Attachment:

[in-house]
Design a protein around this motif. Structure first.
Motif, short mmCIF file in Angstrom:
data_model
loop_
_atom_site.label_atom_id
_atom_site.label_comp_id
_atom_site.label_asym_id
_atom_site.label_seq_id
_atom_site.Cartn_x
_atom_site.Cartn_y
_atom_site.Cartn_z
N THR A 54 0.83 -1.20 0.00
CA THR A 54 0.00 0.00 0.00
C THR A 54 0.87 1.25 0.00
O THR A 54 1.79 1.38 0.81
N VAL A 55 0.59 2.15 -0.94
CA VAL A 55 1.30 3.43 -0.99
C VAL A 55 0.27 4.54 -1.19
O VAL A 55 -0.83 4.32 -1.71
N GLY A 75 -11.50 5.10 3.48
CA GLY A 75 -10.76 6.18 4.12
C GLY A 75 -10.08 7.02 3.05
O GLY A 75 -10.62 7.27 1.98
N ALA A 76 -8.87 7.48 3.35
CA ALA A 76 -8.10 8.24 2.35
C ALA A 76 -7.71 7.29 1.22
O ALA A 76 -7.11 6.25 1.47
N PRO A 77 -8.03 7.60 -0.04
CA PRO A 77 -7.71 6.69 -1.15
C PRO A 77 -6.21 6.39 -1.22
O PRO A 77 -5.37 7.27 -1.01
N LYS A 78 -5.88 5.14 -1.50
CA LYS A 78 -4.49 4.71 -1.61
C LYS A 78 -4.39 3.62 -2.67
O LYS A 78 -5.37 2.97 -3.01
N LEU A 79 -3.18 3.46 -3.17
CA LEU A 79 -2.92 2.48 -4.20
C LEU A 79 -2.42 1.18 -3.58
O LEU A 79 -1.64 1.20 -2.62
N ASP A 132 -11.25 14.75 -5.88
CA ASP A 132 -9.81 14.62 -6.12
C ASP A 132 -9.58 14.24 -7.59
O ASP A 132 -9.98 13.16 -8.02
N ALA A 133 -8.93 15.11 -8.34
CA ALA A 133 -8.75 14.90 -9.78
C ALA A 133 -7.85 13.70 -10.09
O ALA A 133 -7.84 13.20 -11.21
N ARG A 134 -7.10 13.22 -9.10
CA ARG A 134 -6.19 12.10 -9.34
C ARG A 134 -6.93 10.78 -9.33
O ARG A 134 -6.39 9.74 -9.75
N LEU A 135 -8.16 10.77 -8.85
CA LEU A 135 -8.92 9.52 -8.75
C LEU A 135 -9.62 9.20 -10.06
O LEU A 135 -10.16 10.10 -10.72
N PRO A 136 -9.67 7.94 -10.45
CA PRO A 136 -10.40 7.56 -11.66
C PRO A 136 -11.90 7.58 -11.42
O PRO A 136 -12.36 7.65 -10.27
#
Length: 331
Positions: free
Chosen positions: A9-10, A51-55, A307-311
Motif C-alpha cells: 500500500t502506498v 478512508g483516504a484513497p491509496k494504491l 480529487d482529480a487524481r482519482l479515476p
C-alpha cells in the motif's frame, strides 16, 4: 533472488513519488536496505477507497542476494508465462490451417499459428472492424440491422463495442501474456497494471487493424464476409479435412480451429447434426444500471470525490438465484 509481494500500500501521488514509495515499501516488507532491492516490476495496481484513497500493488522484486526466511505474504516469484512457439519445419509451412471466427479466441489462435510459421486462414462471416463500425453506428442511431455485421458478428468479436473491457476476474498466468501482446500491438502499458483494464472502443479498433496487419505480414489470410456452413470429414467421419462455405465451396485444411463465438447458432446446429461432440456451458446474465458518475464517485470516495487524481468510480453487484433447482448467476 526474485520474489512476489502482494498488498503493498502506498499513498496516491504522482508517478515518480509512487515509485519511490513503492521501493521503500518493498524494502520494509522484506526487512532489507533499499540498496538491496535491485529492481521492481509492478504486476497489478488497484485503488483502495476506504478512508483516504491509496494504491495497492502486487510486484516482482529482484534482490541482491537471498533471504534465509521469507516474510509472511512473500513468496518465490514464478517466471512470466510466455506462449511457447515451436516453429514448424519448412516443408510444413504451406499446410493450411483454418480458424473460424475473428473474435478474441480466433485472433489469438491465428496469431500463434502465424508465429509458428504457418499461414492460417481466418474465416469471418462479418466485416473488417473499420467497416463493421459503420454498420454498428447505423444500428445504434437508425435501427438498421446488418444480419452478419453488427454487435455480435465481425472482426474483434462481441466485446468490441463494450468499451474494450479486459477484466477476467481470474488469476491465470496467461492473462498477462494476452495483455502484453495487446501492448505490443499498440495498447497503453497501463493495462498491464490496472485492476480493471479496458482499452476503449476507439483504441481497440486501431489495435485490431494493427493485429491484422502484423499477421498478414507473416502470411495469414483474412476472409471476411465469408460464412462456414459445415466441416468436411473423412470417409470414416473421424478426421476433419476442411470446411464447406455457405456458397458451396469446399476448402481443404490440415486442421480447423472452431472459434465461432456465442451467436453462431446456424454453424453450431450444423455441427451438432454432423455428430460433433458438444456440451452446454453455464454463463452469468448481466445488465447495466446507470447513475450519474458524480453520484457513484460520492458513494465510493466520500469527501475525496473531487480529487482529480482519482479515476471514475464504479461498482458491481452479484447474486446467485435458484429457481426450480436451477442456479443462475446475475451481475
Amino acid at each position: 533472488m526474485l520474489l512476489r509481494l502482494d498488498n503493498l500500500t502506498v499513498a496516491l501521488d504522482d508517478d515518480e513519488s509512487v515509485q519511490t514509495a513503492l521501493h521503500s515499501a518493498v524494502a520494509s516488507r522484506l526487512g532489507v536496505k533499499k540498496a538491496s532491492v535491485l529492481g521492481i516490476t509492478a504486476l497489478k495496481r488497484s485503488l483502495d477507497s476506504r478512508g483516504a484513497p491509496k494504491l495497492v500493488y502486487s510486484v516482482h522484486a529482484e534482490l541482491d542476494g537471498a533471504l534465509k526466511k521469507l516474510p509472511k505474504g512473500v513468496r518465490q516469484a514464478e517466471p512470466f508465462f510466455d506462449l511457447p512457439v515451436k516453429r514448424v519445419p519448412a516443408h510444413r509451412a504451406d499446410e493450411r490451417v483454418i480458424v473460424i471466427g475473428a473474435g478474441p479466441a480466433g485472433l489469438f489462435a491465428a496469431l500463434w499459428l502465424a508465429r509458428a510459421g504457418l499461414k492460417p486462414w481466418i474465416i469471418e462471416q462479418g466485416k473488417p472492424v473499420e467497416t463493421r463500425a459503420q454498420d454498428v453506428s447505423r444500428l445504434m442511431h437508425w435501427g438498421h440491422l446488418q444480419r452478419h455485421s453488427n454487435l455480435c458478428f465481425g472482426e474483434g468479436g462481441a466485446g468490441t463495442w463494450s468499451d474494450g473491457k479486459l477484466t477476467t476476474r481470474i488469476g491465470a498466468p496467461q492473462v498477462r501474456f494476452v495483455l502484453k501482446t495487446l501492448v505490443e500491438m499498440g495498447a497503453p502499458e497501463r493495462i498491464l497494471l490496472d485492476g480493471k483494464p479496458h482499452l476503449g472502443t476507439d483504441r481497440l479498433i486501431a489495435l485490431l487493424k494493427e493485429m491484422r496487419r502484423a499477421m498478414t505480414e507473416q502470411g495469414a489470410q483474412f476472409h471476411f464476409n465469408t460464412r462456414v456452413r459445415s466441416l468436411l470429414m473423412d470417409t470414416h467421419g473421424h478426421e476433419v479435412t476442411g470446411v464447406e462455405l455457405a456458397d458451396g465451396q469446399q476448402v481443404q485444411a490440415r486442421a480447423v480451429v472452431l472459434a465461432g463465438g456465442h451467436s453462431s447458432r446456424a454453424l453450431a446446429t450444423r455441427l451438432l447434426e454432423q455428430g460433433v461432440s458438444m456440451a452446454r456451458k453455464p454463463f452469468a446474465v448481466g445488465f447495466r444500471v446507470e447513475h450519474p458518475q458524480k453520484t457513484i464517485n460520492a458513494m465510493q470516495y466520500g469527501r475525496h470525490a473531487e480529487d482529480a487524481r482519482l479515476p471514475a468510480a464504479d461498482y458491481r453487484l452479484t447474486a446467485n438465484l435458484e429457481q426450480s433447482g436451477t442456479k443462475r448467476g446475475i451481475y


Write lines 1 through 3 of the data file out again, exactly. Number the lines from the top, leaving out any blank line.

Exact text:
[in-house]
Design a protein around this motif. Structure first.
Motif, short mmCIF file in Angstrom: